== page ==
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HolidayBuyer's Guide
Phones

Microsoft patents phone with swappable parts

Microsoft's filed a patent for a Transformer-esque smart phone, with swappable accessories like game pads and extra batteries.

Tech juggernaut Microsoft has filed a patent for a crazy mobile phone with swappable accessories, that could include a game controller, a spare battery or a physical keyboard, Unwired View reports.

If you take a squizz at the picture above, you can see what Microsoft has planned -- it's a Windows Phone with a sliding tray-like compartment, just like a Qwerty pull-out mobile such as the HTC Desire Z.

Where the Desire Z houses a full keyboard, however, you could stick anything you wanted in Microsoft's detachable second compartment. "The second devices are releasably attachable to the first device and are interchangable with each other," the filing reads.

The diagram shows a gamepad for hammering away at the likes of Infinity Blade, a spare battery to bless your blower with an extra gallon of juice, or even a second display -- all of which slot delightfully into the primary phone module.

The best bit is those extra parts are supposed to operate while detached, communicating with the phone wirelessly. So you could use the controller to play a game while the proper phone section streamed the game's video and sound to your living-room TV over HDMI.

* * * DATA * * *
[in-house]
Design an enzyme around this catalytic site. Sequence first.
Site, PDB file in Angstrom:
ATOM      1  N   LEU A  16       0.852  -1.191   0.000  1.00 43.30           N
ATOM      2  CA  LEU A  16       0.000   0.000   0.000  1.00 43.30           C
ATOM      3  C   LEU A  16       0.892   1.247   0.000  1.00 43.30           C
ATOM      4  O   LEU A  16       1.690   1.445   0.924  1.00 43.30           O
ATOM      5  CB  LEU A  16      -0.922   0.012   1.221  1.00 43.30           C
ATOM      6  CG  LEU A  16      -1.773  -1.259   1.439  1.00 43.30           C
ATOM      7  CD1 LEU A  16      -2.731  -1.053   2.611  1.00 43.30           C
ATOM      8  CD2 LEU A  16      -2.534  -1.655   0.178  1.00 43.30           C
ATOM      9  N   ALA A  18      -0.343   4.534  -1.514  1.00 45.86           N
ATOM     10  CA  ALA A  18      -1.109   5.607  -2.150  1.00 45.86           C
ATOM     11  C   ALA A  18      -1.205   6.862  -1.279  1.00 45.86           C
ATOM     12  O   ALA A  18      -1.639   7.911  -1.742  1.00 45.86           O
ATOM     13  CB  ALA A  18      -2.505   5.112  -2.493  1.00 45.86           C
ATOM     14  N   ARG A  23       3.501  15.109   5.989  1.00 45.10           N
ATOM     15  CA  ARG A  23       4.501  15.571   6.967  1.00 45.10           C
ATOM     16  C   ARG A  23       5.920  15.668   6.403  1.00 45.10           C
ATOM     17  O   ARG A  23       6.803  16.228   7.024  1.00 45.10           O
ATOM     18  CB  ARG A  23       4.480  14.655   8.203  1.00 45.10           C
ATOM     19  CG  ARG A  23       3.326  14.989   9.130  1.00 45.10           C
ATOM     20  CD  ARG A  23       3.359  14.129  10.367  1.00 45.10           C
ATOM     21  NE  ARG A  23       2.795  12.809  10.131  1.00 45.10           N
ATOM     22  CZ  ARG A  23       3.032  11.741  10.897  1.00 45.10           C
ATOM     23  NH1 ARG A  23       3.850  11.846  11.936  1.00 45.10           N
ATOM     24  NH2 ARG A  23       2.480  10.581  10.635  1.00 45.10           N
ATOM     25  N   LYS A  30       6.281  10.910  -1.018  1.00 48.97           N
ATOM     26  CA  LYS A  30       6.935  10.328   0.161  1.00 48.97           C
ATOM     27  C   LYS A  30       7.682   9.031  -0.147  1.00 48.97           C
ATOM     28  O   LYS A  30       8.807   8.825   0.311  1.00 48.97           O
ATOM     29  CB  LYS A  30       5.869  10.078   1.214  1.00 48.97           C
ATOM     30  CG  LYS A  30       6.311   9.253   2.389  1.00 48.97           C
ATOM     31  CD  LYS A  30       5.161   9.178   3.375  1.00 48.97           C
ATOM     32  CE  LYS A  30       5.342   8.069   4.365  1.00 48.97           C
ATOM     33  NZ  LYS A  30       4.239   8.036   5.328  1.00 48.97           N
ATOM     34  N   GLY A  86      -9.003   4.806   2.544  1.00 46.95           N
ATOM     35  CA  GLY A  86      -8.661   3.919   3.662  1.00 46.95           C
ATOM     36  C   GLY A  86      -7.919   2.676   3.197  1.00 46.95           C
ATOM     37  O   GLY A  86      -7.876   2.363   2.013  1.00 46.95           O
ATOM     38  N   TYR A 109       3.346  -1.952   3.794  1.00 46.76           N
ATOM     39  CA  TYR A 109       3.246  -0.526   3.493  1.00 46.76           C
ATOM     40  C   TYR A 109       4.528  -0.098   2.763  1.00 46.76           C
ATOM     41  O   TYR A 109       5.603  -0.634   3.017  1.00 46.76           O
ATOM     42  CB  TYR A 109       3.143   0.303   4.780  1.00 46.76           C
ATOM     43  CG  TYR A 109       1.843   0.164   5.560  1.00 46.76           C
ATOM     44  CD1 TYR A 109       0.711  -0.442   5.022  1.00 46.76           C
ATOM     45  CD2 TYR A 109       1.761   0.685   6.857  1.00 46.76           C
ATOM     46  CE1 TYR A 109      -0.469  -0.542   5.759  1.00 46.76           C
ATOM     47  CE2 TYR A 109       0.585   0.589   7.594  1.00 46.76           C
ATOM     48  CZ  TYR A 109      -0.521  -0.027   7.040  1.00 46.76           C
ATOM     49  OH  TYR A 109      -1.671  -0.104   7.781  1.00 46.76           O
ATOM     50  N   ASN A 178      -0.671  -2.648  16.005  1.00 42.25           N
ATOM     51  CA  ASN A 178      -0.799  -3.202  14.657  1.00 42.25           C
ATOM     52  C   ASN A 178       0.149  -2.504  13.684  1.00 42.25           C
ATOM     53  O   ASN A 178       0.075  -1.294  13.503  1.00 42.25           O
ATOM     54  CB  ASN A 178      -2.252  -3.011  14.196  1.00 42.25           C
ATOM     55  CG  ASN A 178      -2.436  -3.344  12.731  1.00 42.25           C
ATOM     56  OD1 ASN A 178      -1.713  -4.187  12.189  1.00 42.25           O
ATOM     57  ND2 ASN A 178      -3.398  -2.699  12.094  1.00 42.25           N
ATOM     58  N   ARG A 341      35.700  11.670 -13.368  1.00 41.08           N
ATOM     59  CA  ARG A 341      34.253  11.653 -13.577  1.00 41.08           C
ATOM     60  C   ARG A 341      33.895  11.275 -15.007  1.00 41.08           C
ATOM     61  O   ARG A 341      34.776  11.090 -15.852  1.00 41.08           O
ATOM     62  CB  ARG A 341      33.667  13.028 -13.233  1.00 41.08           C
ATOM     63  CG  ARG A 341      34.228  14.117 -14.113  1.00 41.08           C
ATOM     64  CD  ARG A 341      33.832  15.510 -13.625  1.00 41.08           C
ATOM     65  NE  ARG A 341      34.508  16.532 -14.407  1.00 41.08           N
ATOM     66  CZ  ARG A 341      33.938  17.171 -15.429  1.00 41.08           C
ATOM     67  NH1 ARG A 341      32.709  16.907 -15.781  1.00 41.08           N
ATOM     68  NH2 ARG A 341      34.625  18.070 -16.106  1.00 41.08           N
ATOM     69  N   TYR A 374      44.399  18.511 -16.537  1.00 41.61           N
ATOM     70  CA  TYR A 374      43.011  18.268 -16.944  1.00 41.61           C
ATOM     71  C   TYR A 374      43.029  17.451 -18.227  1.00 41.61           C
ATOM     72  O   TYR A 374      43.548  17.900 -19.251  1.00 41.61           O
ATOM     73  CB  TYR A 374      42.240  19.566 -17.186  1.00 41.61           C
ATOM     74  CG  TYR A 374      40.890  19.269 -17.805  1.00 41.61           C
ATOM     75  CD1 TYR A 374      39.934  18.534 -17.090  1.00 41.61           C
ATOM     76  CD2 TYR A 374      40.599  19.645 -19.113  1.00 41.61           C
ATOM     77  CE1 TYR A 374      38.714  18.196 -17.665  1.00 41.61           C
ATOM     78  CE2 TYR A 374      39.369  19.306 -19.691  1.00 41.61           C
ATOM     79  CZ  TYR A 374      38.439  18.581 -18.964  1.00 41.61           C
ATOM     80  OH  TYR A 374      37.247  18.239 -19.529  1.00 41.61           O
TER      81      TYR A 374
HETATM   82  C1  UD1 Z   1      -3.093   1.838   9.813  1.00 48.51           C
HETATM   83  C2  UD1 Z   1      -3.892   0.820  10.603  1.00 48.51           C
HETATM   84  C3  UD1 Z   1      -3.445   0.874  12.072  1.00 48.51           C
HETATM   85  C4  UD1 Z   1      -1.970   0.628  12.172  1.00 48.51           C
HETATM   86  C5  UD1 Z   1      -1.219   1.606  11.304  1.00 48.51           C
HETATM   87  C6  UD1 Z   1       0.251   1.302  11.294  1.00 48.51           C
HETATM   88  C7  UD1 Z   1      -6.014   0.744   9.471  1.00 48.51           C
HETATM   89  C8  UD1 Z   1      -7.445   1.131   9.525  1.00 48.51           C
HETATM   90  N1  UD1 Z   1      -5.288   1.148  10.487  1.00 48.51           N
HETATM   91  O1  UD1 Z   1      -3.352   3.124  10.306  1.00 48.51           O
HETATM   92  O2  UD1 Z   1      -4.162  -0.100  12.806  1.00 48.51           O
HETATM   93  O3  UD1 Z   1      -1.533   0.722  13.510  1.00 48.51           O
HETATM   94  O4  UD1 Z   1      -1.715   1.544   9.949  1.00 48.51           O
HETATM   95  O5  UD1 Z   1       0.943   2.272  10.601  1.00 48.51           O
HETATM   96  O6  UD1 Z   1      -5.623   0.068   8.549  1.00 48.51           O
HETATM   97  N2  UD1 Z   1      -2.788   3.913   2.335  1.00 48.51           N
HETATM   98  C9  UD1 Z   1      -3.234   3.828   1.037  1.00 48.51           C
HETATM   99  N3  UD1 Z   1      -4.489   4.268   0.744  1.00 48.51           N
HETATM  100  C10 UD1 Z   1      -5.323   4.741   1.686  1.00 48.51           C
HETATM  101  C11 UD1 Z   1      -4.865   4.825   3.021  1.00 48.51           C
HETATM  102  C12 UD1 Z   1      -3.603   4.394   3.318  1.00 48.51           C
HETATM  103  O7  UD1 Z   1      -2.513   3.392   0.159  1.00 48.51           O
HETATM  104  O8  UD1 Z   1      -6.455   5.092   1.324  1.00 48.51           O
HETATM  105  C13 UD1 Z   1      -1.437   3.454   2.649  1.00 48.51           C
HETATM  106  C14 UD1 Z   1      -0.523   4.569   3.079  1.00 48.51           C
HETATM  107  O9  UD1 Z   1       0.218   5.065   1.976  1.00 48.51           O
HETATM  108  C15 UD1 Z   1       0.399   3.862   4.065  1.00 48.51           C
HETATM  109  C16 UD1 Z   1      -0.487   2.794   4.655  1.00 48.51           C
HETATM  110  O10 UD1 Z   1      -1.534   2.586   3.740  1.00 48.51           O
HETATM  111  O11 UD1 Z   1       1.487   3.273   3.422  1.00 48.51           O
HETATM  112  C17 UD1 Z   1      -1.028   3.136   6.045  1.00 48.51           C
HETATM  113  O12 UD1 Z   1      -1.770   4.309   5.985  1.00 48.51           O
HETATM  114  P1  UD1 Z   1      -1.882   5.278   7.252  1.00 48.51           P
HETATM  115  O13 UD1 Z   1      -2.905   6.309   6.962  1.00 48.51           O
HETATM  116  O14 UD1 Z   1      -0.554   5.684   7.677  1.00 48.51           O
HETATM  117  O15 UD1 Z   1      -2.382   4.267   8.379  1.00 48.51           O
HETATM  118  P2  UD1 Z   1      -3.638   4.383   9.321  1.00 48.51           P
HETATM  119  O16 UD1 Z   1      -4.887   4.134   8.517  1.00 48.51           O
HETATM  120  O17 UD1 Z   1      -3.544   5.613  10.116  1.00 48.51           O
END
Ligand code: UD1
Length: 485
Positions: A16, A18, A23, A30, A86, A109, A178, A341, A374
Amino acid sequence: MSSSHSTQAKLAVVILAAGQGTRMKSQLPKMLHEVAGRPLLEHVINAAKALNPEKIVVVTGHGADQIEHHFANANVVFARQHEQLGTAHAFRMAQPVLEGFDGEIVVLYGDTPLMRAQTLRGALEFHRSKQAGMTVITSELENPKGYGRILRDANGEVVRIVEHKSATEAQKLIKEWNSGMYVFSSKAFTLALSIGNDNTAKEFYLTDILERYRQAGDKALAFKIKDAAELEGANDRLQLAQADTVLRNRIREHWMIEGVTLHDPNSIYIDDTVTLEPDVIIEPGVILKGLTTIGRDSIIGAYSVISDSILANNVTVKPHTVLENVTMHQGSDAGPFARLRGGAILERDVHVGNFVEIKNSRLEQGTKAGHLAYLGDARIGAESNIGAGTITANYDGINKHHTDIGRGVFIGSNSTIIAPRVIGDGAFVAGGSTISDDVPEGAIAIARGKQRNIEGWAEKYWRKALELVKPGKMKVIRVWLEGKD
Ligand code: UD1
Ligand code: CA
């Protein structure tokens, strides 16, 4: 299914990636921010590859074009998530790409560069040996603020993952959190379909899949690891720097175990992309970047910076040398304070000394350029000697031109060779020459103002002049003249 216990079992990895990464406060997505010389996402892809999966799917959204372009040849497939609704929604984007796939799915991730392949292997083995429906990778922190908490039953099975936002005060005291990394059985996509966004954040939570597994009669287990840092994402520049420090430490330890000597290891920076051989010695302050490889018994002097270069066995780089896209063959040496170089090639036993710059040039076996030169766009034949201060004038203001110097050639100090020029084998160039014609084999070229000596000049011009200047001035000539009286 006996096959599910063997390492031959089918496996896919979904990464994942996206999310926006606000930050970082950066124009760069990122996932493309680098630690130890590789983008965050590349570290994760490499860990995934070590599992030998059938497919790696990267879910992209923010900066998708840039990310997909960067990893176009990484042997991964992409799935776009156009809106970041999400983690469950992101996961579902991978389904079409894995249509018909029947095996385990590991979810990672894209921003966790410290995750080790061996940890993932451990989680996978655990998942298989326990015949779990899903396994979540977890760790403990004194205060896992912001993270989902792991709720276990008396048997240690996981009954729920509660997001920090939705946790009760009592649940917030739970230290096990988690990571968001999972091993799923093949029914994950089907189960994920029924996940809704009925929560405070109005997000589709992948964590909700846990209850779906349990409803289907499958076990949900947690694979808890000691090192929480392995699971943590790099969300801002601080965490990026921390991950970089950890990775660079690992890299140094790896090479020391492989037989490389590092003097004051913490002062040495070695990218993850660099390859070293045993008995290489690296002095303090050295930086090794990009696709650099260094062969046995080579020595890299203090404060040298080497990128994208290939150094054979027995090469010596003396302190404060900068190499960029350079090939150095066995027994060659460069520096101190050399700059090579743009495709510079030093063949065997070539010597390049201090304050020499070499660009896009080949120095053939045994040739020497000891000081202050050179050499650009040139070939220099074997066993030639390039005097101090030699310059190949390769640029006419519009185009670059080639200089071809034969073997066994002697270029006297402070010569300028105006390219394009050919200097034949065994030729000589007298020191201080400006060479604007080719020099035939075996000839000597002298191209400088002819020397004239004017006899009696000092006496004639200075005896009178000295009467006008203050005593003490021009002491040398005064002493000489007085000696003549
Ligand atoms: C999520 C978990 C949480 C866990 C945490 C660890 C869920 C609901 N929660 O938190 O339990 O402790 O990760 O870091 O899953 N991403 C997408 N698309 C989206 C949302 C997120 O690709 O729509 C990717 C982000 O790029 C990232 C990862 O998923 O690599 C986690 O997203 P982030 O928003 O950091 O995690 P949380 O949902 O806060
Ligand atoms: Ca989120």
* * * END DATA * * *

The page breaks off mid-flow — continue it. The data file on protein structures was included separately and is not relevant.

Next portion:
But would anyone be willing to lug around all those different bits? We suspect not. On the other hand, people seem willing to bulk out their phones using those big cases that contain an extra battery, so maybe this will find a market.

Gadget fans with good memories will remember Modu, the Israeli company that already tried something like this, with a tiny phone that slipped into different jackets. Modu went bust though, and Google bought its patent portfolio. So we could see modular Android mobiles appearing one day -- swiftly followed by a massive lawsuit from Microsoft.

This is all very much hypothetical, but you never know, we could look back on this day as the moment we glimpsed the future of phones. Maybe.

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Image credit: Unwired View